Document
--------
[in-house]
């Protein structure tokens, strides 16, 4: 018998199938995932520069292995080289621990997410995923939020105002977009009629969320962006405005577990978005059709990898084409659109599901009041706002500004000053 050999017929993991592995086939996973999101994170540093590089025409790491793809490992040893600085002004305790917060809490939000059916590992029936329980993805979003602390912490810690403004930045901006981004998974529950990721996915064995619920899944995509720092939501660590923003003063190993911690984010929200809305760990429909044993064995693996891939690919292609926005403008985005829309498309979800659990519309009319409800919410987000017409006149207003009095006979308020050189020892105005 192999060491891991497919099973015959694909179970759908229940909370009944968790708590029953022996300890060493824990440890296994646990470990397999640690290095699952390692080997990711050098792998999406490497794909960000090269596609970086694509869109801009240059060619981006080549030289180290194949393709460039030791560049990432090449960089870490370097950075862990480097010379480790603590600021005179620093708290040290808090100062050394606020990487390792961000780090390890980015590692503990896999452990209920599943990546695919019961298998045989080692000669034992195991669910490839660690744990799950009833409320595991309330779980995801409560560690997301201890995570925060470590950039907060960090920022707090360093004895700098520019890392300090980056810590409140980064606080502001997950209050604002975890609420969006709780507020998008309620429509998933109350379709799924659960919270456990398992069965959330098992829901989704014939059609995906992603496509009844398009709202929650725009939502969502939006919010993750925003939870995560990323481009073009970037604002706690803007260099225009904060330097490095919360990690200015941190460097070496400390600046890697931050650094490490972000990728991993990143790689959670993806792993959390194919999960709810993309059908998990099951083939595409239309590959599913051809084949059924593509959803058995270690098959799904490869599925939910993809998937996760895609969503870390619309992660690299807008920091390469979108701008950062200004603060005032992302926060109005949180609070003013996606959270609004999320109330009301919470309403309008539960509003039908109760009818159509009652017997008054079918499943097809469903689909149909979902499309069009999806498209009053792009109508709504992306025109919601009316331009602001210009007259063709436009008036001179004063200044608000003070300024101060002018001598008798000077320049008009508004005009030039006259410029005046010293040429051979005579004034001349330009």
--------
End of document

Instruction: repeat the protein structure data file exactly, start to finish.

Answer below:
[in-house]
């Protein structure tokens, strides 16, 4: 018998199938995932520069292995080289621990997410995923939020105002977009009629969320962006405005577990978005059709990898084409659109599901009041706002500004000053 050999017929993991592995086939996973999101994170540093590089025409790491793809490992040893600085002004305790917060809490939000059916590992029936329980993805979003602390912490810690403004930045901006981004998974529950990721996915064995619920899944995509720092939501660590923003003063190993911690984010929200809305760990429909044993064995693996891939690919292609926005403008985005829309498309979800659990519309009319409800919410987000017409006149207003009095006979308020050189020892105005 192999060491891991497919099973015959694909179970759908229940909370009944968790708590029953022996300890060493824990440890296994646990470990397999640690290095699952390692080997990711050098792998999406490497794909960000090269596609970086694509869109801009240059060619981006080549030289180290194949393709460039030791560049990432090449960089870490370097950075862990480097010379480790603590600021005179620093708290040290808090100062050394606020990487390792961000780090390890980015590692503990896999452990209920599943990546695919019961298998045989080692000669034992195991669910490839660690744990799950009833409320595991309330779980995801409560560690997301201890995570925060470590950039907060960090920022707090360093004895700098520019890392300090980056810590409140980064606080502001997950209050604002975890609420969006709780507020998008309620429509998933109350379709799924659960919270456990398992069965959330098992829901989704014939059609995906992603496509009844398009709202929650725009939502969502939006919010993750925003939870995560990323481009073009970037604002706690803007260099225009904060330097490095919360990690200015941190460097070496400390600046890697931050650094490490972000990728991993990143790689959670993806792993959390194919999960709810993309059908998990099951083939595409239309590959599913051809084949059924593509959803058995270690098959799904490869599925939910993809998937996760895609969503870390619309992660690299807008920091390469979108701008950062200004603060005032992302926060109005949180609070003013996606959270609004999320109330009301919470309403309008539960509003039908109760009818159509009652017997008054079918499943097809469903689909149909979902499309069009999806498209009053792009109508709504992306025109919601009316331009602001210009007259063709436009008036001179004063200044608000003070300024101060002018001598008798000077320049008009508004005009030039006259410029005046010293040429051979005579004034001349330009």